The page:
Financing Infrastructure and Services Through Land Value Capture

+ Kari Kohn

In summarizing some of the takeaways of the CityLab conference last week, David Biello at Scientific American offers some interesting insights from Paul Romer and Sir Edward Lister, as well as an example of land value capture as a mechanism for financing urban infrastructure and services.

The challenge, as always, is how to pay—whether for metros, bus rapid transit or any other solution. “Cities are worth more than they cost to build so we should be able to get more of them at a profit,” Romer noted, because the gain in the value of city property should be more than enough to compensate a government for building and running a city. After all, the roughly 1,200 square kilometers of land on which New York sits is now valued at around $600 billion, much more than the total cost of building the Big Apple. Or take London: “We’re 23 percent of the country’s [gross domestic product],” said Sir Edward Lister, that city’s deputy mayor for policy and planning. Yet London does not garner 23 percent of the national government’s investments.One idea for getting around that comes from Hong Kong: the city government buys the land around any new transit line, and the sale of that now more valuable real estate funds the construction of the new line. “Their metro system is fundamentally a property company,” Lister noted, adding that similar schemes financed the expansion of railroads in Europe and North America in the 19th century. “We have to return to that, that’s what we lost. It’s the same argument for electricity and gas where we’ve got the same problem.”

Romer has made similar comments here in the Urbanization Project's recent "FAQ: New Choices for Leaders." He describes how a country might use the land value capture model in a charter city—an approach that would allow leaders in a developing country to drive reforms that match up with the goals for their societies. 

One of the most important implications of this charter city strategy is it can change the power relations. Instead of having the leaders of a country be dependent on a large group of outsiders who are telling them what to do they can take the lead and say, “This is where we want to take our society.” And because the city they can develop is worth so much more than it costs to build they will no longer be resource-constrained in pursuing their vision.Many leaders in societies that are trapped feel totally captive to outside investors when they’re trying to bring in some kind of new infrastructure project. Our message to them is if you create a new charter city with the right kinds of rules, the right structure, they can not only attract lots of good foreign investment but the total value that will be created will be bigger than the amount you need to pay the foreign investors and that excess value can be captured by the nation and the residents of the city and used to push forward the agenda that they want to pursue.So how is it that the local government can be in charge of a charter city project? They can rely on outside finances to build a port and let those people invest—earn fees on their investment. They can rely on outside finances to build the airport—maybe even the roads—the power systems. They can have utility regulators from within the country or even utility regulators from other countries who can help make sure that those investors don’t take advantage of monopoly positions. But the overall project can be guided and directed by the local government, and the huge increase in the value of the land that comes from all of these investments can be used to finance all the things that the citizens will want—better educational system, better health care, better opportunity.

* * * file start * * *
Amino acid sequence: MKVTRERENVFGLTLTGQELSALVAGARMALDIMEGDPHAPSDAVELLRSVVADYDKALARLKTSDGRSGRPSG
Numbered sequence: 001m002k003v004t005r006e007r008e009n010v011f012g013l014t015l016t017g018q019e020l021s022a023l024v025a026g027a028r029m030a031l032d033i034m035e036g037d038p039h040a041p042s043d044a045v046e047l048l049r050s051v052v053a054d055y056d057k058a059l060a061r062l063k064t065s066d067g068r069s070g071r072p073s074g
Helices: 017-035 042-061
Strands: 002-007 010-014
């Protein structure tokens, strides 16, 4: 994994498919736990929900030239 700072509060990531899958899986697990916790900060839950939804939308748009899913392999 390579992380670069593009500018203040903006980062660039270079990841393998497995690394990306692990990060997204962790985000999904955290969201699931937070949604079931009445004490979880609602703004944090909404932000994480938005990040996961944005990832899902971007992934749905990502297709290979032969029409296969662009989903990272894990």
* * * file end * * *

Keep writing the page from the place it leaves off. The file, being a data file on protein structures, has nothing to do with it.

Tile photo by: Baycrest

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